CACHE COUNTY – Members of the Cache County Council voted unanimously May 26 to create an economic development advisory board as the first step toward cashing in on a new state grant program for rural counties.
That action guarantees that Cache County will receive a $200,000 state grant in the fiscal year beginning July 1 and will also be eligible to compete for additional grants in the future.
The state’s Rural County Grant Program was established by the passage of Senate Bill 95 during the 2020 General Session of the Legislature. That measure – sponsored by Sen. Scott Sandall, R-Tremonton – was intended to address a widening gulf in commercial growth between Utah’s rural and metropolitan areas.
“We have a tale of two economies in this state,” Sandall told his legislative colleagues. “We have the Wasatch Front and we have rural Utah.”
To begin adjusting the balance of Utah’s economic development, Senate Bill 95 created a pair of taxpayer-supported grant programs for the state’s rural counties, totaling $10 million each year. Each of Utah’s 24 counties would receive at least $200,000, with the option to compete for up to $1 million that would go toward locally developed projects.
Funding for the Rural County Grant Program is being reallocated from the now-defunct Utah Science, Technology and Research Initiative (USTAR).
While urging the passage of Senate Bill 95, Sandall argued that the new grant initiative would succeed where other rural investment programs failed because it empowers county governments to direct the use of funds toward their particular needs.
GOP gubernatorial candidate Greg Hughes has echoed Sandall’s concerns in his campaign speeches, urging that state dollars can be more profitably spent in developing business opportunities in the state’s 24 rural counties.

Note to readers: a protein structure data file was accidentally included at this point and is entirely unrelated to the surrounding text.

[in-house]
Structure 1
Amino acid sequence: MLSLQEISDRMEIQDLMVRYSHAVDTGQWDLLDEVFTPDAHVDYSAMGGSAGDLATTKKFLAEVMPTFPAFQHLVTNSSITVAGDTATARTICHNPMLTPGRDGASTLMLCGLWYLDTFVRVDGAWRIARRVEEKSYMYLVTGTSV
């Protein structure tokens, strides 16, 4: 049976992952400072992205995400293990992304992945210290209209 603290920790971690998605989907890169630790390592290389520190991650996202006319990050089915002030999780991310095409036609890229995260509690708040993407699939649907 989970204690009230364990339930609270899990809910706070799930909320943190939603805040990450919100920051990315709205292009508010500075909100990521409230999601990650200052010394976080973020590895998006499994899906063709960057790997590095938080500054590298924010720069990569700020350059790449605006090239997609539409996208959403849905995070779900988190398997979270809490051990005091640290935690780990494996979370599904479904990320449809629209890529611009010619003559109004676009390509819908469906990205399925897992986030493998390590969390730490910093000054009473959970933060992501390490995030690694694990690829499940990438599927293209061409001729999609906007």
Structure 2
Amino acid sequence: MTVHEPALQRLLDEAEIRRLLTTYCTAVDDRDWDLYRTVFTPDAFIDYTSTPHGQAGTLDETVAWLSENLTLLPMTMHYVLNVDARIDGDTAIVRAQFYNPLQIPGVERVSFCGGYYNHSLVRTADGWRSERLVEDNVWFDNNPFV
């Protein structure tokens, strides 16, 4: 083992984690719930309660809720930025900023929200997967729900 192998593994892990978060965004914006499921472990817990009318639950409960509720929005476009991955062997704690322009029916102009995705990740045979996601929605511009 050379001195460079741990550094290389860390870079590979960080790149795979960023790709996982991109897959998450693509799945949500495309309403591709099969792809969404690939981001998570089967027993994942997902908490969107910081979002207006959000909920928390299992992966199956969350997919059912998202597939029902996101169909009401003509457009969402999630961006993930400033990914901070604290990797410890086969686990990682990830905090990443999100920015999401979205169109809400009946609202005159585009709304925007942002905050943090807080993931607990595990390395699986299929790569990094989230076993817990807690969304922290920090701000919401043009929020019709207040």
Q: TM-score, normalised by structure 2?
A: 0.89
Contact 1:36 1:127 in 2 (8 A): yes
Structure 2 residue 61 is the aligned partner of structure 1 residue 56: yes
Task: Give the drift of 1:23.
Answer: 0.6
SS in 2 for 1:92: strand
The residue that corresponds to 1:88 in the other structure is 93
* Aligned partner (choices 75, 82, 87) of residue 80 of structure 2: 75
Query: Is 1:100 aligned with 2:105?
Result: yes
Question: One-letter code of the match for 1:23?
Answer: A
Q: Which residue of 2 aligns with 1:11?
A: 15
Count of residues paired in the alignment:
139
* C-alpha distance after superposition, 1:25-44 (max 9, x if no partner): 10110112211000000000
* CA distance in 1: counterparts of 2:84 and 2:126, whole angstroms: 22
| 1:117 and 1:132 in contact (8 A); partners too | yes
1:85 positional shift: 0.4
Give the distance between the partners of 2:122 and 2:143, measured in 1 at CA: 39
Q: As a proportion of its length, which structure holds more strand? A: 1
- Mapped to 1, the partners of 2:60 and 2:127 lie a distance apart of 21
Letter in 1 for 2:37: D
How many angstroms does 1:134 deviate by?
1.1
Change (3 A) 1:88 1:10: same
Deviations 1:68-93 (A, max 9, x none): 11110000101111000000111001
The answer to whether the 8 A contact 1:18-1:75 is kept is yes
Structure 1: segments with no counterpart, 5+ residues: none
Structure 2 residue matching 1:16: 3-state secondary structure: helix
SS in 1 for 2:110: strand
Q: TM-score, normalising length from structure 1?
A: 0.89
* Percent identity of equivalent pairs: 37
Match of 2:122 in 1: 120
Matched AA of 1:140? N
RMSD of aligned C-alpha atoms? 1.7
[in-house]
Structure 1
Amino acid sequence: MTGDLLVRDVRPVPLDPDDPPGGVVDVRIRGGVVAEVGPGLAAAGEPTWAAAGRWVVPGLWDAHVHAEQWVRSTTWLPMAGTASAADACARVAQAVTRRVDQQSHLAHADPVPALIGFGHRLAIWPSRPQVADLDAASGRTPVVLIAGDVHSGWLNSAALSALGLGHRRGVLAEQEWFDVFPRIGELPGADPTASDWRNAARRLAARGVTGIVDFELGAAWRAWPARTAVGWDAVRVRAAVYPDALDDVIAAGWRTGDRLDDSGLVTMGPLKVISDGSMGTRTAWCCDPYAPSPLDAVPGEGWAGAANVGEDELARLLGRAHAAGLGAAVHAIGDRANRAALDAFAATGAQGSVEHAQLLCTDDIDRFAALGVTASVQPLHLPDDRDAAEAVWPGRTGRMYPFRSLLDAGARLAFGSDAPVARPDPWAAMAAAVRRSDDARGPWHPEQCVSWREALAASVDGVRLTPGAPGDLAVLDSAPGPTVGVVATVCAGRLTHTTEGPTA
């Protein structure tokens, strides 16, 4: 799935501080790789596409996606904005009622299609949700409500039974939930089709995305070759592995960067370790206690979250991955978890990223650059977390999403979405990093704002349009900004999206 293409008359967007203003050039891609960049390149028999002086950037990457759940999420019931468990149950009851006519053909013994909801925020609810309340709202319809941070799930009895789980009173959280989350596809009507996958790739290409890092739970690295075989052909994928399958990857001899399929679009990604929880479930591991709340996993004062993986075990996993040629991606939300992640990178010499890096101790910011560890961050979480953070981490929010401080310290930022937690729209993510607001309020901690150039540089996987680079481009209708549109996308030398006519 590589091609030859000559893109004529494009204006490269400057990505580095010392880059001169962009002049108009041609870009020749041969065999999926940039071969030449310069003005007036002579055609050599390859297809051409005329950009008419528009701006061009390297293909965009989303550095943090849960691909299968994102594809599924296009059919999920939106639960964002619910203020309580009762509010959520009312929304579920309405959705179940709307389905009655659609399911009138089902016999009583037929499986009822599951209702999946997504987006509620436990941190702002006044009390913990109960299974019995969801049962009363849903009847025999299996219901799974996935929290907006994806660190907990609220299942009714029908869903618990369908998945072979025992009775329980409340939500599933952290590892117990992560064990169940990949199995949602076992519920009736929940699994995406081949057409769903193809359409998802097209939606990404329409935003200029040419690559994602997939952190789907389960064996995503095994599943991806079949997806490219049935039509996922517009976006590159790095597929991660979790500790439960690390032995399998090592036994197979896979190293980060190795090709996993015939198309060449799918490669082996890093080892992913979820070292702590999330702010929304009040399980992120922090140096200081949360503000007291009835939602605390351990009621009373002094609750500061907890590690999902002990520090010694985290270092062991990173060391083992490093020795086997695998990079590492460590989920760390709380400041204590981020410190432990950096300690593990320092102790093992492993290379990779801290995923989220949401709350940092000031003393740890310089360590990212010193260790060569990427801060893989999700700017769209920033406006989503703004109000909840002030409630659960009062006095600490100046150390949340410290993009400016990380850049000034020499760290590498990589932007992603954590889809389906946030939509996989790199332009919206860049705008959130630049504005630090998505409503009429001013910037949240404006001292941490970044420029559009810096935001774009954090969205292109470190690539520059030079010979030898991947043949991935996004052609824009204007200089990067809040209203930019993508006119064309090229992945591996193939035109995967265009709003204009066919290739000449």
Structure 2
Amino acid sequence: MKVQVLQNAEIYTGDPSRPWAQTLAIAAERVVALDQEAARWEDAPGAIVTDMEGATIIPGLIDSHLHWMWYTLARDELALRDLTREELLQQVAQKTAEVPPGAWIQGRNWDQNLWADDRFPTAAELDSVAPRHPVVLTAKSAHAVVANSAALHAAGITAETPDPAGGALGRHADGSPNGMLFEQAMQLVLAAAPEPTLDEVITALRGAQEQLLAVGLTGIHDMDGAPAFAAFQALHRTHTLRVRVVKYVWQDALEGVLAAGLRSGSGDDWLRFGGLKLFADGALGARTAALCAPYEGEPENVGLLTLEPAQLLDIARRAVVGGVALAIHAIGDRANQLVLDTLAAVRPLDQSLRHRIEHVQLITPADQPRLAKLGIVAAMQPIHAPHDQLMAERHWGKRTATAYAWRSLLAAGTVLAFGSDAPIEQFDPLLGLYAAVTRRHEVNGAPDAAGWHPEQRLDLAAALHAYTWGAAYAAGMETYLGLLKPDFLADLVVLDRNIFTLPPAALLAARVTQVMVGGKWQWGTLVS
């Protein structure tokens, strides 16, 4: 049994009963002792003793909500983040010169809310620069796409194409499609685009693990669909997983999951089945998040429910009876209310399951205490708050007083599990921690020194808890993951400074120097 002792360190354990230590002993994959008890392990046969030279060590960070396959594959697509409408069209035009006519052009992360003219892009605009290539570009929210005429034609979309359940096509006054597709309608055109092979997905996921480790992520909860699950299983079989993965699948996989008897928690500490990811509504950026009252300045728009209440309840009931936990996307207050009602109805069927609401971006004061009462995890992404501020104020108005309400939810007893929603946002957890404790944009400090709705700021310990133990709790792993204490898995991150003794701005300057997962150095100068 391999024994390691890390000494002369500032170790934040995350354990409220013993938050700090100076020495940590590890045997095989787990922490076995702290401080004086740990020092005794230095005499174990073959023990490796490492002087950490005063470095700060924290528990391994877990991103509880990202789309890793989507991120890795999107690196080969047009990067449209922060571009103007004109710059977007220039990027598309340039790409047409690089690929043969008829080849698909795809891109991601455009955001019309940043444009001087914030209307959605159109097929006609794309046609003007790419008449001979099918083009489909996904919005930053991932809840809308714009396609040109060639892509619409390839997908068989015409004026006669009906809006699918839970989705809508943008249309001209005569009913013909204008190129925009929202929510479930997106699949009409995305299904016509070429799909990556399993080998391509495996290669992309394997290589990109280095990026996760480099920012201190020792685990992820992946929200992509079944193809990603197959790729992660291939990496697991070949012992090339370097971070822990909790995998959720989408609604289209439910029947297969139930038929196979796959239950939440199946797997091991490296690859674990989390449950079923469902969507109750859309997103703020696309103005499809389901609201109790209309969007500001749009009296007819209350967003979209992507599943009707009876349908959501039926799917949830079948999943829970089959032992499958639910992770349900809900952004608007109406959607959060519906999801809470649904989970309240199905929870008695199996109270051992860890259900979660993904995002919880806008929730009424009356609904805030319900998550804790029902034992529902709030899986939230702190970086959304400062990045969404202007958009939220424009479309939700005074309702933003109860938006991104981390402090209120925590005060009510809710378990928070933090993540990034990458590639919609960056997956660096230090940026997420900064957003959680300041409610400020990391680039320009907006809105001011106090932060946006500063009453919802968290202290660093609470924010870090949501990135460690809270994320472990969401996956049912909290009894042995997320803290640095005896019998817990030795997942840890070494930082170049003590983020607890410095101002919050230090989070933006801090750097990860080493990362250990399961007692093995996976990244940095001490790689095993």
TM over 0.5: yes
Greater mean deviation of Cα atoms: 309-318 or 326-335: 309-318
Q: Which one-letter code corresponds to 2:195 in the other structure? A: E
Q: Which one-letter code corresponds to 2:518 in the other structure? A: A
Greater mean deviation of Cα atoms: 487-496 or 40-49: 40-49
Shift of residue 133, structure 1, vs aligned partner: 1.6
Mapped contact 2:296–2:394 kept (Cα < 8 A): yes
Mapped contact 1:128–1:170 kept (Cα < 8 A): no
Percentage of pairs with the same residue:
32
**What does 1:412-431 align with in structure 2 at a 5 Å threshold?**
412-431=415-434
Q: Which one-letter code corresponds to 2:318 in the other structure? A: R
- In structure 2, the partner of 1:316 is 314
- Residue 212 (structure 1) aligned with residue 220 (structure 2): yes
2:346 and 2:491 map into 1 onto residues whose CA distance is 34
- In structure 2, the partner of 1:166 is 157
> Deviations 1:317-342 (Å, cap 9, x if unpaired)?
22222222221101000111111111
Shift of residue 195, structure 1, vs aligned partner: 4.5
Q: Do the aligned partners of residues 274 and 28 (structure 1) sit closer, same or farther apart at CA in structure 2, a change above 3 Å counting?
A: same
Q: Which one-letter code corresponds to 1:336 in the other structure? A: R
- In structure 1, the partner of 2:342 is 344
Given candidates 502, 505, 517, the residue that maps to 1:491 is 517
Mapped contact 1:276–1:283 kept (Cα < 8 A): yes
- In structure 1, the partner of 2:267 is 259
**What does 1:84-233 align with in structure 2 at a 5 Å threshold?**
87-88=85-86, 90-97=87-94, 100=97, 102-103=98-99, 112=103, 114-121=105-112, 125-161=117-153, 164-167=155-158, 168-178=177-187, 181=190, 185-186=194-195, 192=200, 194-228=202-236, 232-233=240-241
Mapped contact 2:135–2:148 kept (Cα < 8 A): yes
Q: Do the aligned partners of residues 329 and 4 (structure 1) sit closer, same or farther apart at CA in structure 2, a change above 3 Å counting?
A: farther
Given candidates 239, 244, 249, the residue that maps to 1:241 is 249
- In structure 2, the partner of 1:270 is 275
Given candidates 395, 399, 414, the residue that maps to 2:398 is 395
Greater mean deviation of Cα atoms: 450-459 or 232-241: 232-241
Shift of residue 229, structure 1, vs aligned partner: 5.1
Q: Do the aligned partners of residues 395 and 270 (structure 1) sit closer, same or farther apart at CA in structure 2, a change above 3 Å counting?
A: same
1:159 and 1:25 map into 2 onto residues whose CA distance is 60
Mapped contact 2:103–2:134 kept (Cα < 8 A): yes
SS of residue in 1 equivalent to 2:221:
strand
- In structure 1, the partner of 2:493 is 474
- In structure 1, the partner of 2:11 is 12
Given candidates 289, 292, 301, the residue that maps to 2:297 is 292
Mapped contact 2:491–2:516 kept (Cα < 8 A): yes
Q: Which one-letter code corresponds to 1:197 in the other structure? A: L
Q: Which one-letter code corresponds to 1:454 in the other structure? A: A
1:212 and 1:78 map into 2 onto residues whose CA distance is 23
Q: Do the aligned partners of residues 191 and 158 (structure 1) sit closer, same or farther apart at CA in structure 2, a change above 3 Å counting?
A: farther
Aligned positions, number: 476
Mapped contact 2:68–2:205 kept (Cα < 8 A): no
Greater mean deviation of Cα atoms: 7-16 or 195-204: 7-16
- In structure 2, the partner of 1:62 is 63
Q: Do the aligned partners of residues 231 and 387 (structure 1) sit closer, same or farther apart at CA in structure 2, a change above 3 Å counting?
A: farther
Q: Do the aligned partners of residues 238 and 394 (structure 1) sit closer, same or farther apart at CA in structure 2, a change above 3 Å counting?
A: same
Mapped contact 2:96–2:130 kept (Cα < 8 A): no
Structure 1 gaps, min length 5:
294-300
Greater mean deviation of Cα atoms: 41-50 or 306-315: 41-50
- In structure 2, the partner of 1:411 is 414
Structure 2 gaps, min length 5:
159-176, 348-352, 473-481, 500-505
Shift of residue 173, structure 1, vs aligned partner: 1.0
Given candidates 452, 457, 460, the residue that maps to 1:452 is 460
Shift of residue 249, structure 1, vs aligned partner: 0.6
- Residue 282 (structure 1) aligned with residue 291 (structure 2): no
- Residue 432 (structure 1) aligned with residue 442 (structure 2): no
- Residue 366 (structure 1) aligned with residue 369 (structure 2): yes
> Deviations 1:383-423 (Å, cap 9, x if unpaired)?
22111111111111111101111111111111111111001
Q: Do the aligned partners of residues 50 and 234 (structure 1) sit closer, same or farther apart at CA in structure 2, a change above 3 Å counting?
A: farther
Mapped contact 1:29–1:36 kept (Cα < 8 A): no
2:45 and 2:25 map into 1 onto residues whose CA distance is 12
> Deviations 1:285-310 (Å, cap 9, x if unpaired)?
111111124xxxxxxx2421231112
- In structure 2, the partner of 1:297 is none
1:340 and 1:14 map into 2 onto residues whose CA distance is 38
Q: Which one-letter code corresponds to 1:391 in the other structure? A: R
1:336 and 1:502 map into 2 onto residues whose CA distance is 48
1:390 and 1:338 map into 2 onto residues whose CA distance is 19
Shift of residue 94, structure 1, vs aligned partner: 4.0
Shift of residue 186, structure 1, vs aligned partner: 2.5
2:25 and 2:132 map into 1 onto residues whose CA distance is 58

There have also been hints that Gov. Gary Herbert’s upcoming “Utah Leads Together 4.0” economic recovery plan will suggest that Utah use its AAA bond rating to create new economic opportunities in rural areas by funding infrastructure improvements.
Under the Rural County Grant Program, general need areas that grant funds can be directed to include business recruitment, development and expansion; workforce training and development; and, business infrastructure and capital facilities improvements.
The county’s next steps in the process of opting into the Rural County Grant Program will be organizing its Economic Development Advisory Board according to state guidelines and submitting an application for its initial $200,000 grant.
During discussion of the opportunity presented by the Rural County Grant Program, council member Gina H. Worthen noted that Cache County already has a working relationship with the Cache Valley Economic Development Alliance (CVEDA), which operates under the umbrella of the Cache Valley Chamber of Commerce.
Worthen suggested that unnecessary duplication of effort might be avoided if the mission and membership of the executive board of CVEDA could be amended to meet the state’s requirements for the new Cache County Economic Development Advisory Board.